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HD-DVD?

So I finally got an HD-DVD player.  The HD-DVD add-on for the Xbox 360, to be exact.  I was in Sam’s club earlier in the week and found it for $125; it was the last one they had.  So, with it being alllllmost 1/2 off, I figured it was worth the purchase.  So is it?

Ehhh…. maybe.  I’ve had an HDTV since 2003, so I definately enjoy the HD experience.  HDTV vs regular cable is like night & day.  It’s an amazing difference, really.  But DVD vs HD-DVD?

Well, DVDs already look really good.  They’re already digital, already a decent quality.  Do HD-DVDs look better? YES.  Definately, yes.  But are they worth the expense of a $500 HD-DVD player..?  No, I honestly don’t think so.

But here’s where Microsoft should really be helping the HD-DVD camp.  $200 for an HD-DVD player?  Sure, if you’ve got an HD-DVD set.  And if you ever see it for $125, then it’s a no-brainer if you like HD content.  Somehow, though, $500 seems a little much for me.  The quality difference is good… but not $500 of good in order to get in early.  When HD-DVD players hit $200, that’s when they’ll start to take off; when they hit $100, they’ve got a winner.

I am, so far, a tad disappointed with the HD-DVD selections, however.  Blu-Ray has better presences at the Best Buy, CompUSA and the Circuit City stores here in Nashville.  Target doesn’t carry them.  And the prices are a biiit to high still (Excalibur is $25… I bought it on DVD for $10 like 3 years ago).  Ah the pain of an early adoptor.

I wish I could buy Spider-Man and X-Men and all those other movies on Blu-Ray.  I really wish that a standard could be figured out rather quickly.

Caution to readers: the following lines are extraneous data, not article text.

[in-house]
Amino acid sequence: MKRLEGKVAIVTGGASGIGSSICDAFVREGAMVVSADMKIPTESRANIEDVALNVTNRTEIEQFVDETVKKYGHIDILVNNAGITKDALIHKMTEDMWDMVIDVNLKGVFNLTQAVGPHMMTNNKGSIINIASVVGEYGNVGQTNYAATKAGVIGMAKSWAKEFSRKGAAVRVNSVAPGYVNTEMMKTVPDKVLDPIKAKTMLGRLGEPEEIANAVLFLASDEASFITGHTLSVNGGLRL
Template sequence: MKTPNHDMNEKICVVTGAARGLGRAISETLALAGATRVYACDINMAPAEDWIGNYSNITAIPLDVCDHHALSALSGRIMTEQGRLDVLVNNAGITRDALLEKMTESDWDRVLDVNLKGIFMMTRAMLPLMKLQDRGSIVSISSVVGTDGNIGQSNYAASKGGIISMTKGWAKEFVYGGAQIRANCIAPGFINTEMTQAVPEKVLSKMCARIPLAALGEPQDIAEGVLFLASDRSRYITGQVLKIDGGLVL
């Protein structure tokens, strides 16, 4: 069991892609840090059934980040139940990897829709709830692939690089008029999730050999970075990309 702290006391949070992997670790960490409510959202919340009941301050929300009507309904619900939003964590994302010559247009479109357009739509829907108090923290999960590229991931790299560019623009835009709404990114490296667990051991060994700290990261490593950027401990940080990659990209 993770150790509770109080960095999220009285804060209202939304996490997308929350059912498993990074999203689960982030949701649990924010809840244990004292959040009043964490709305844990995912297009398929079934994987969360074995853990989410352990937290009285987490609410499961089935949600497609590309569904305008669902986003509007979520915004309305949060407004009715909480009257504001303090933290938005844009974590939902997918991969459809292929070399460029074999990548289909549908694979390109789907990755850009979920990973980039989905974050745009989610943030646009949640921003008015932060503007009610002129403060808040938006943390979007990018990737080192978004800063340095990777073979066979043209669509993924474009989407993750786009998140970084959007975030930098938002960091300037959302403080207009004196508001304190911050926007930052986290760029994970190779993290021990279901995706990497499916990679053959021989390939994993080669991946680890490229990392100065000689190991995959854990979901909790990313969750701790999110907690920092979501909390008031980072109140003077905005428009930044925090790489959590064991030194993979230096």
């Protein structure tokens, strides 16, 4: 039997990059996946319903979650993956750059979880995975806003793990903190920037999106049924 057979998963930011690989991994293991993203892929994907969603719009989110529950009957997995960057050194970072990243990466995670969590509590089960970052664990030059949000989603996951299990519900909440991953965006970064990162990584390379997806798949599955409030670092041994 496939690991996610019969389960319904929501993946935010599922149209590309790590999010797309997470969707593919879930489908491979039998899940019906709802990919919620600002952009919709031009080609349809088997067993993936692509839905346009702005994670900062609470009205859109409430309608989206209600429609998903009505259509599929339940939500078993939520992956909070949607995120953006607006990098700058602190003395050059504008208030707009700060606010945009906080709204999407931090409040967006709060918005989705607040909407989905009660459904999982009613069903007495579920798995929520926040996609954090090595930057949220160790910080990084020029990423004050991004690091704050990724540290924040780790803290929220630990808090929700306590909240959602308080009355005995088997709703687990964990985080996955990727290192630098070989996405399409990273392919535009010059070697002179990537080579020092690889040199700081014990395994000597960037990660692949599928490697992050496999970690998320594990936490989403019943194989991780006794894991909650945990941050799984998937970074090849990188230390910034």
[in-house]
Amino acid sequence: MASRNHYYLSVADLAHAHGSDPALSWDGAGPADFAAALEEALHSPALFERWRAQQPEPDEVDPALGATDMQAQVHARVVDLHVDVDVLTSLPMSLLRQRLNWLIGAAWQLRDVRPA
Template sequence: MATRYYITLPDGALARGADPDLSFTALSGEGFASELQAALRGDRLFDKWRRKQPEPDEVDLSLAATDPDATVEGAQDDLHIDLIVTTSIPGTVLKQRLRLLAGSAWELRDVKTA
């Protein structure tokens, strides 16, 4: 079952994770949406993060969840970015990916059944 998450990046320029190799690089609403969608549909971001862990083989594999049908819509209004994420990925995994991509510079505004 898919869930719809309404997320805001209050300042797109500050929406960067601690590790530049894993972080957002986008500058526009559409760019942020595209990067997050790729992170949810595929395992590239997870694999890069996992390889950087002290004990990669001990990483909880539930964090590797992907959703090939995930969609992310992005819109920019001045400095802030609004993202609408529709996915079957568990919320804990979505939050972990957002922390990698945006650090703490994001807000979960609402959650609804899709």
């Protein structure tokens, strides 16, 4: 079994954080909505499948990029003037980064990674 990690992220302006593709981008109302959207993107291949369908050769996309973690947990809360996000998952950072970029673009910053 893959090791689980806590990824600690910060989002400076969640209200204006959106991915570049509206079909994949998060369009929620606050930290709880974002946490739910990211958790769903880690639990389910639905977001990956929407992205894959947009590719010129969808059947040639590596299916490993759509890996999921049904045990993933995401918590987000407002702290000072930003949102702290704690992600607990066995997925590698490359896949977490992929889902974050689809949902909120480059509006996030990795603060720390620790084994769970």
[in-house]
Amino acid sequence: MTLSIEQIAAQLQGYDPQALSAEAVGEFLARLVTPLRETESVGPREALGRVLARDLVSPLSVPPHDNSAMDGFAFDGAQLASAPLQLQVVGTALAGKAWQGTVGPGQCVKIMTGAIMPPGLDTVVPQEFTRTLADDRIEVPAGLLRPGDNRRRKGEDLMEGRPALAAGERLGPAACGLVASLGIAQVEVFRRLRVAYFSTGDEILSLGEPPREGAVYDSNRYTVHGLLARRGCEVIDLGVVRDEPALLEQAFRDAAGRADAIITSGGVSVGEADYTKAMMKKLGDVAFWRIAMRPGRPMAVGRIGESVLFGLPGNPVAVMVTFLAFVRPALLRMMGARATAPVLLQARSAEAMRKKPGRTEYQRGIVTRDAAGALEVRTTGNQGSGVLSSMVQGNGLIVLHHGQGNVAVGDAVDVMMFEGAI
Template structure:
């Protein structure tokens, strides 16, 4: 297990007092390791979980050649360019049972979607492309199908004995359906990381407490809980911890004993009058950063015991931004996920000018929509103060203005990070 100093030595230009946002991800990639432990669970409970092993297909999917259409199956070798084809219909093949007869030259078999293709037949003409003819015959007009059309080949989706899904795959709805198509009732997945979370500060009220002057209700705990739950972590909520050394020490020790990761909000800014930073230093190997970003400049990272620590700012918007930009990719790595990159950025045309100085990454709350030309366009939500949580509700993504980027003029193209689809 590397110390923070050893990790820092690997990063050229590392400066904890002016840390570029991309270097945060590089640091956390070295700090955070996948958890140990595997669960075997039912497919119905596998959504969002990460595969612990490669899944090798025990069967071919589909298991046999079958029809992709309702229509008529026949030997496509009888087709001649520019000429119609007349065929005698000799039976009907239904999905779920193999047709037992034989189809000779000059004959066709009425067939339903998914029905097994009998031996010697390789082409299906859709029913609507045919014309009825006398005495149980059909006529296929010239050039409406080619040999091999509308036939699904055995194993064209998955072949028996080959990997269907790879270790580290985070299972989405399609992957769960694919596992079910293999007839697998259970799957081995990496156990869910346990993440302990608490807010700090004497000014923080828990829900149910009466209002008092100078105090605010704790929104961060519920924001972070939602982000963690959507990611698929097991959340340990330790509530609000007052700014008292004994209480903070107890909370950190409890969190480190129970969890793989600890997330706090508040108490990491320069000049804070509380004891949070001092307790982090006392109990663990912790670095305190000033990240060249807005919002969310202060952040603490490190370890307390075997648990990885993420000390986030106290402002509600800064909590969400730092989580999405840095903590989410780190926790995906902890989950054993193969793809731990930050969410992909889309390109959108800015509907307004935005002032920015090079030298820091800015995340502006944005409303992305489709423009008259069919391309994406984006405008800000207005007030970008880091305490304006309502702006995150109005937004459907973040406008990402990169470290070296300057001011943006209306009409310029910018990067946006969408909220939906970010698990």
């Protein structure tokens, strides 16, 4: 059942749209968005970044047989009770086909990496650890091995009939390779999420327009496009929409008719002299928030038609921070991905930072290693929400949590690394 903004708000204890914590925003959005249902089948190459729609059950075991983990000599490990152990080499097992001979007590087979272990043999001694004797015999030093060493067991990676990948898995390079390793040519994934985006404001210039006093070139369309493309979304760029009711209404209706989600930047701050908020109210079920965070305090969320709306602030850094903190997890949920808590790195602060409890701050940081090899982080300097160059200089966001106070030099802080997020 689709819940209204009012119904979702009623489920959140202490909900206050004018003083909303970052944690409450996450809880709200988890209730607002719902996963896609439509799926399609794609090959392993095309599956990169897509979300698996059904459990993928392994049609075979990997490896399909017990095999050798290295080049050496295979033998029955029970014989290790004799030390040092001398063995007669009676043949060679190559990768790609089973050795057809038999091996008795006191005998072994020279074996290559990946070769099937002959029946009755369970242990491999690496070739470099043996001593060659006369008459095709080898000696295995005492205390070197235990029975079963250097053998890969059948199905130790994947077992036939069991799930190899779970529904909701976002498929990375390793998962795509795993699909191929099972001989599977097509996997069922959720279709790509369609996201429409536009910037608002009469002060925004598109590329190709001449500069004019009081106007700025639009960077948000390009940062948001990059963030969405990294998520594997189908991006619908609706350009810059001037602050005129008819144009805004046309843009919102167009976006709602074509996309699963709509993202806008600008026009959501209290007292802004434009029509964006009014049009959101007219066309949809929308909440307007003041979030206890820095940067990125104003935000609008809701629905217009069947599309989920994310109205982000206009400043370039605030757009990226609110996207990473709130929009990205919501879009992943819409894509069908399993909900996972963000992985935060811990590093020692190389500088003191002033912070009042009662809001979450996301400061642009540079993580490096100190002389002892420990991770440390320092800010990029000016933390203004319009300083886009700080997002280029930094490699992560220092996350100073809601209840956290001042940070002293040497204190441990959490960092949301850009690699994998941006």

Now that I have an HD-DVD player, I begin to wonder what the next medium will be like after HD discs.  I’ve thought that it would be simply downloading files… but I’m not sure.  If it’s a downloadable medium, I don’t think it will be actually purchasing one file.  I could see Microsoft or Apple or some new company come up with a plan like this:

You purchase the rights to view Movie for all of the distributors methods.  For example, if you wanted to watch “The Fountain” and you purchased it through Microsoft, you could view it as:

  • An HD file downloaded to the Xbox
  • An HD file downloaded to your Windows PC
  • An SD quality file for playback on your Zune device
  • A 1/4 SD quality file for playback on your Windows Mobile Phone
  • A streaming video file for playback from your digital locker

 Or, if you purchase from Apple you get similar options, all through the iPod store.  It’s this kind of convergence that would get me away from the physical media.  I don’t mind buying into an eco-system (didn’t I, with the HD-DVD?), but I have to know that it will do what I want when I want.  When I can move my video files off the 360 and onto a Zune, THEN you’ve got my attention.  When I can purchase HD files (purchase, not rent) for playback on my 360 or PC or Zune, THEN you’ve got my attention, Microsoft.  Make the convergence happen.

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April 8, 2007 - Posted by | hd-dvd, Microsoft

2 Comments »

  1. […] bought my HD-DVD player in April of 2007.  I have 16 HD-DVD movies (and the Heroes Season 1 set – which, honestly, was […]

    Pingback by After HD-DVD: The Next Format War « Life of Linne | February 22, 2008 | Reply

  2. i bought this player after the format war was already decided and blu-ray had supposedly won. i’m very happy i bought this player as it does a beautiful job of playing my regular dvds. some dvds that i have tried have not shown as much improvement as others but on some of them it improves them to near hi-def quality. i’m now very happy with this setup of my hdtv, the hd-dvd player and regular dvds. unless blu-ray ever gets their players priced down in the $150 price range i will be quite content to buy whatever hd-dvds i consider worth the extra cost or just buy regular dvds. the only drawback to the player is the boot-up time which is approx. 30 seconds. but if i turn on the player first, then get tv source button set, and then get my dvd out it is usually ready to go. i really think hd-dvd was the way to go go as compared to blu-ray but that was just one persons viewpoint. toshiba made a very nice blue laser player in the hd-a3 and i would recommend it to anyone who wants to get the most from their dvd collection.

    Comment by Ernestine D. Velez | January 7, 2013 | Reply


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